LU School of Law professor addresses child abuse, medical field
According to the U.S. Department of Health and Human Services, there are one million confirmed cases of child abuse and neglect each year.
In just a short time, student-doctors will be face-to-face with these children in doctor’s offices across the nation.
“Unfortunately, very few medical schools teach student-doctors about the variety of issues related to child abuse. As a result, physicians end up having to learn ‘on the job,’ and the biggest losers are the children,” said Basyle Tchividjian, Liberty University School of Law (LUSOL) professor.
Tchividjian teaches Child Abuse and the Law at LUSOL and is working with Liberty University College of Osteopathic Medicine (LUCOM) to better prepare student-doctors for the challenges they will face.
“One of the areas we emphasize in the course is the critically important role physicians play in many child abuse prosecutions and the need for prosecutors and physicians to work together on behalf of abused children,” said Tchividjian.
In a presentation on Feb. 8 hosted by LUCOM-Student Osteopathic Medical Association (SOMA), Tchividjian focused on explaining the Adverse Childhood Experiences (ACE) Study, one of the largest investigations ever conducted to assess associations between childhood mistreatment and a person’s health later in life. The Centers for Disease Control and Prevention (CDC) and Kaiser Permanente’s Department of Preventative Medicine in San Diego worked together on the research.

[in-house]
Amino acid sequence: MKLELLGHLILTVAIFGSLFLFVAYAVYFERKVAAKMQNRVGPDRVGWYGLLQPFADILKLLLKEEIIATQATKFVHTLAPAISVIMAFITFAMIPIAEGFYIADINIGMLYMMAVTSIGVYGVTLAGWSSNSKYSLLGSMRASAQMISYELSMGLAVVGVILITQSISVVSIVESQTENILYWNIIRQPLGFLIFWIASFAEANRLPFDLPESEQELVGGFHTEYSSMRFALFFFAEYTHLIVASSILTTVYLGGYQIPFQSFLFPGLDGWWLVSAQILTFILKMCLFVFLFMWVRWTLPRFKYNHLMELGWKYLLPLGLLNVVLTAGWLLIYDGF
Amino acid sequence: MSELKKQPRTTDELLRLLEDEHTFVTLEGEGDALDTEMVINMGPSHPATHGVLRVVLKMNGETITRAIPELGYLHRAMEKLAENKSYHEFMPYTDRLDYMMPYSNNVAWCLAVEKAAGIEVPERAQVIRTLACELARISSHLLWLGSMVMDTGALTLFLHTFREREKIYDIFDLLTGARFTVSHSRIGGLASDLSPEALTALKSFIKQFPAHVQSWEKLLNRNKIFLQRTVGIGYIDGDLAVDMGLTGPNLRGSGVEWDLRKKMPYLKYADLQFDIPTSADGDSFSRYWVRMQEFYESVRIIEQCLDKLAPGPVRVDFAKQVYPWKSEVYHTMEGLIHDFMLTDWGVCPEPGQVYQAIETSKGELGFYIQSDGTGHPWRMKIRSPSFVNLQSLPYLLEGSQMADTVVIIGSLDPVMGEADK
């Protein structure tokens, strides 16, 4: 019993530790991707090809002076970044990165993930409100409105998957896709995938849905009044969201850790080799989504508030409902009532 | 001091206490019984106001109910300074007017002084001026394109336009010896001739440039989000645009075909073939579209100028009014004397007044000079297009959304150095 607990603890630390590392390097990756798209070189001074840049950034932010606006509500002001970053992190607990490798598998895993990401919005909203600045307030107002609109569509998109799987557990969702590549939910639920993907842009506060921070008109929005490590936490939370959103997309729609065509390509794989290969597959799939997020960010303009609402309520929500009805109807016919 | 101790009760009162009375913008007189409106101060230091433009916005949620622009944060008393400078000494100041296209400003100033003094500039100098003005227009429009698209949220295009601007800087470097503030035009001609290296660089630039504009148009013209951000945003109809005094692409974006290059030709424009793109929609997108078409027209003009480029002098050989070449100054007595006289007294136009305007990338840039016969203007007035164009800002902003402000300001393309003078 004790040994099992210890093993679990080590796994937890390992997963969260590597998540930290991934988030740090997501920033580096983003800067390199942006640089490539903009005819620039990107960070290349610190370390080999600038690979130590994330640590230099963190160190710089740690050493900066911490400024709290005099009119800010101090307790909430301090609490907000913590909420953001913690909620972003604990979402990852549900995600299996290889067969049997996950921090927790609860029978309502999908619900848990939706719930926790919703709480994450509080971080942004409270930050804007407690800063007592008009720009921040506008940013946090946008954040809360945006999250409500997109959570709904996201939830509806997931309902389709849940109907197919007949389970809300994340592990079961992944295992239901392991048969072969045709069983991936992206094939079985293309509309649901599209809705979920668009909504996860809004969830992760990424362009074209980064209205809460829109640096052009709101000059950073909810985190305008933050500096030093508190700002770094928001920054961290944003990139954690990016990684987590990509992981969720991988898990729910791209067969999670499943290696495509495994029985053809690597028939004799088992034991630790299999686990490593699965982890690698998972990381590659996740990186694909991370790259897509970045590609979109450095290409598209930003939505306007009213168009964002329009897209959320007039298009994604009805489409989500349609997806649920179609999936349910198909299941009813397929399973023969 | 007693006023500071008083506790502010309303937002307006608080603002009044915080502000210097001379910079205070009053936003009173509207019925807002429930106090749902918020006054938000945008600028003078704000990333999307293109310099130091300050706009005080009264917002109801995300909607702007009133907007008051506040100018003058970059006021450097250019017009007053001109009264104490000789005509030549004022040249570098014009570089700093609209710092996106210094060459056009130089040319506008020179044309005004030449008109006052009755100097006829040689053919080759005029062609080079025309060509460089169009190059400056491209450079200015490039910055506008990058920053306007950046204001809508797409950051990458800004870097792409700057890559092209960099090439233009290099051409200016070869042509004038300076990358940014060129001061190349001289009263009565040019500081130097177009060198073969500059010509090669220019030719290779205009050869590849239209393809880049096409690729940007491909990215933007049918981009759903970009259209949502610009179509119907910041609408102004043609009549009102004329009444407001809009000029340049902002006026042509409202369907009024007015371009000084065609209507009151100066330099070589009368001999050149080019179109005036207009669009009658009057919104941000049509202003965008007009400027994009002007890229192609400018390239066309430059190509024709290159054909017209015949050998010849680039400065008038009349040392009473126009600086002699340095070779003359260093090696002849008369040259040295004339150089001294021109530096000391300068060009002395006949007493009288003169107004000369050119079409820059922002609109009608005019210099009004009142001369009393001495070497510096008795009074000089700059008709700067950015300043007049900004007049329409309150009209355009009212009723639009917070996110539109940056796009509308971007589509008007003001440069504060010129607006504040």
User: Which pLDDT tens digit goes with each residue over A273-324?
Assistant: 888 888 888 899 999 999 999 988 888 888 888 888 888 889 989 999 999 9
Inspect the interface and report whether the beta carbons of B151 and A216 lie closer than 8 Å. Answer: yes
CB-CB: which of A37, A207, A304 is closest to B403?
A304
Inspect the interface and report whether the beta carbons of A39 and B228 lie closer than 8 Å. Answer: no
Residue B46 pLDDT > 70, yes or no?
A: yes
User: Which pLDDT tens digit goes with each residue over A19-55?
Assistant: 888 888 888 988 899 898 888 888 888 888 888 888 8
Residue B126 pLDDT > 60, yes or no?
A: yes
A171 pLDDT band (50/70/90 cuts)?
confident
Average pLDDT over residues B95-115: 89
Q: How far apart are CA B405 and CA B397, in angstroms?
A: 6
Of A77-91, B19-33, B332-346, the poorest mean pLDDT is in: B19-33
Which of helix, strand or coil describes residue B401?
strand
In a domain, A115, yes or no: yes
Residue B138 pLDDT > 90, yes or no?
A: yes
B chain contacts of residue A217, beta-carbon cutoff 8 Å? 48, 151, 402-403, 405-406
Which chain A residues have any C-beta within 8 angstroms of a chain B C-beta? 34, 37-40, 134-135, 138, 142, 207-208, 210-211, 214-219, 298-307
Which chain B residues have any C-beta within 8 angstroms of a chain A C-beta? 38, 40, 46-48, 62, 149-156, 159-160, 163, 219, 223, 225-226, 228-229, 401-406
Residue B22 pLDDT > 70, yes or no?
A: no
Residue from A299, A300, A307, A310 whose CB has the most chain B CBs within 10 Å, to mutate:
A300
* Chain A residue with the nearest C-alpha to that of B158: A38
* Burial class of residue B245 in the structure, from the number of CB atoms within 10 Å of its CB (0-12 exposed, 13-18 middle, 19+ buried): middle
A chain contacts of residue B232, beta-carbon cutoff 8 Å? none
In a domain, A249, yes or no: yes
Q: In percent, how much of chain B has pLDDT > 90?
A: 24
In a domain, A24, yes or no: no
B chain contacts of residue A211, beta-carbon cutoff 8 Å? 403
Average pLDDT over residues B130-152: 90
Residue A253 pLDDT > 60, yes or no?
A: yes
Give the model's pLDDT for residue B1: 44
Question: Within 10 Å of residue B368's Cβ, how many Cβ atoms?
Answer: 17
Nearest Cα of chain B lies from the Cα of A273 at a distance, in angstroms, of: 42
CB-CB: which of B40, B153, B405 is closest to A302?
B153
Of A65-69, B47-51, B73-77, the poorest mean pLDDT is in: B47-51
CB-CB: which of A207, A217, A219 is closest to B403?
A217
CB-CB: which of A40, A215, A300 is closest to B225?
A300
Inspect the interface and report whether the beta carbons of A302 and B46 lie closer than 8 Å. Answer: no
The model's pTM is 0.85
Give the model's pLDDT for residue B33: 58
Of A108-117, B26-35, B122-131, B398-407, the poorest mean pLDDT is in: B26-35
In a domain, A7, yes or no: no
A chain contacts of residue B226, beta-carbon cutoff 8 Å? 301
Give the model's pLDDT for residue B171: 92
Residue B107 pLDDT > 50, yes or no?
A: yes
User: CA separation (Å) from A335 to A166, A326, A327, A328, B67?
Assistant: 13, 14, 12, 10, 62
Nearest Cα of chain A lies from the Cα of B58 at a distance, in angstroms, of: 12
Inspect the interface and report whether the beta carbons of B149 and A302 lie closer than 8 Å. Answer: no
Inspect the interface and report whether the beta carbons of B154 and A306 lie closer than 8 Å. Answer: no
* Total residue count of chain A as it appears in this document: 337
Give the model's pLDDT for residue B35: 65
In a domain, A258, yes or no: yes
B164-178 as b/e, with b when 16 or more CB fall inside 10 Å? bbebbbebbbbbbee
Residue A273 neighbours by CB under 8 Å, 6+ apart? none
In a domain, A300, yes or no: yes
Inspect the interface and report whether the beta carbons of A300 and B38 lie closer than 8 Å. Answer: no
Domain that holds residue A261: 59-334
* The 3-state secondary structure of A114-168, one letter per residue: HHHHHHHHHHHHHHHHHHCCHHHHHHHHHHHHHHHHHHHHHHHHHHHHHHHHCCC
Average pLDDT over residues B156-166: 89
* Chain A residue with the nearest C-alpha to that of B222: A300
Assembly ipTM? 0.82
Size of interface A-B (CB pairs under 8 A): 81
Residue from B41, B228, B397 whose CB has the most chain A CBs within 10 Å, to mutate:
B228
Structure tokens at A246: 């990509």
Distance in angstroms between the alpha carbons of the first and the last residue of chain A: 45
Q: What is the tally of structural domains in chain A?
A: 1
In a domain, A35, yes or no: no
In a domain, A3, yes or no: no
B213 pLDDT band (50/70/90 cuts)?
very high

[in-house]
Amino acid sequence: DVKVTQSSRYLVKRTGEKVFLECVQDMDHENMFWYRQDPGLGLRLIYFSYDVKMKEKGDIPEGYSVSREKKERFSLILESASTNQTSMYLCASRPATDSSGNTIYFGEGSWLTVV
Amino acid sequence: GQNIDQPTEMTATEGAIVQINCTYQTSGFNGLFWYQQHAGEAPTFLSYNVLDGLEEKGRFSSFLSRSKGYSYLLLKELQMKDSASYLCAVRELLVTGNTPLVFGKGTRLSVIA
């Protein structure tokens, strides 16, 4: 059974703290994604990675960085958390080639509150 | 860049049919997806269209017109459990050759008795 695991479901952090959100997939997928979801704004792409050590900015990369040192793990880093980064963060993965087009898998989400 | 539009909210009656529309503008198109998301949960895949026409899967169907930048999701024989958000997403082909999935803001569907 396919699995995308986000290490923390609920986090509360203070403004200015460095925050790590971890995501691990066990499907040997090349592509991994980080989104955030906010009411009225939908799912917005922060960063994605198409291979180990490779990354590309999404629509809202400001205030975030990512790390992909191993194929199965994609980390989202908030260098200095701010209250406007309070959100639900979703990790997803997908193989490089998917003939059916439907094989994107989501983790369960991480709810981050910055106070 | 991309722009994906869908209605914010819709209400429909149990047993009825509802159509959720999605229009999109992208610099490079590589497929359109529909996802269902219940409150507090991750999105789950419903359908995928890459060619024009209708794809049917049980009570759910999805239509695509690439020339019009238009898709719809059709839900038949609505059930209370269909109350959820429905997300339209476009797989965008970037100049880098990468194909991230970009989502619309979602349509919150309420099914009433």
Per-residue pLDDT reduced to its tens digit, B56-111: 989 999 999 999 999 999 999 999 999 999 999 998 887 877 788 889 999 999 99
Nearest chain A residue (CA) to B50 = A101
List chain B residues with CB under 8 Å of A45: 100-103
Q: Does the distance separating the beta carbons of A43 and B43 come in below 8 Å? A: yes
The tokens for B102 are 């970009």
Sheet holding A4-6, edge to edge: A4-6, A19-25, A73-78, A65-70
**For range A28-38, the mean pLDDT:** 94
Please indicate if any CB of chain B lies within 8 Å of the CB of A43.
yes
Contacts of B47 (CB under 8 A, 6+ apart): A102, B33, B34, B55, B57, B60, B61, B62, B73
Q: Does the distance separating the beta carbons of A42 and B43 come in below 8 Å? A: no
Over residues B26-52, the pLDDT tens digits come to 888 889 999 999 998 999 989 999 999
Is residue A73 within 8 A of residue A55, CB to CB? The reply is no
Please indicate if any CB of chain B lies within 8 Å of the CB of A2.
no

Tchividjian explained the ten “adverse childhood experiences” referenced in the study; traumatic events like sexual abuse, the mother treated violently or a household member imprisoned. The study says one or more adverse childhood experience during childhood increases risk of health issues like cancer, heart disease, STDs and more.
“If physicians understand the implications of the study, they will be much more prepared to better treat children who have experienced adverse childhood trauma and will also understand and identify the relationship between childhood trauma and the mental/physical illnesses in adulthood patients,” said Tchividjian.
“Professor Tchividjian really made us more aware that child abuse is such a big issue and how we as student-doctors need to able to detect and prevent it to provide a better future for our pediatric patients,” said Pranamya Mahankali, class of 2018, LUCOM-SOMA president. “How we can start is by simply just asking the right questions in a very professional and compassionate way.”
Tchividjian is encouraged by the relationship between LUSOL and LUCOM so far. He is looking forward to more opportunities to interact with student-doctors in the future.
“I hope and pray that Liberty University will lead the world in equipping both lawyers and physicians on how to best work together in combatting the horrors of child abuse. I think Jesus would like that very much,” concluded Tchividjian.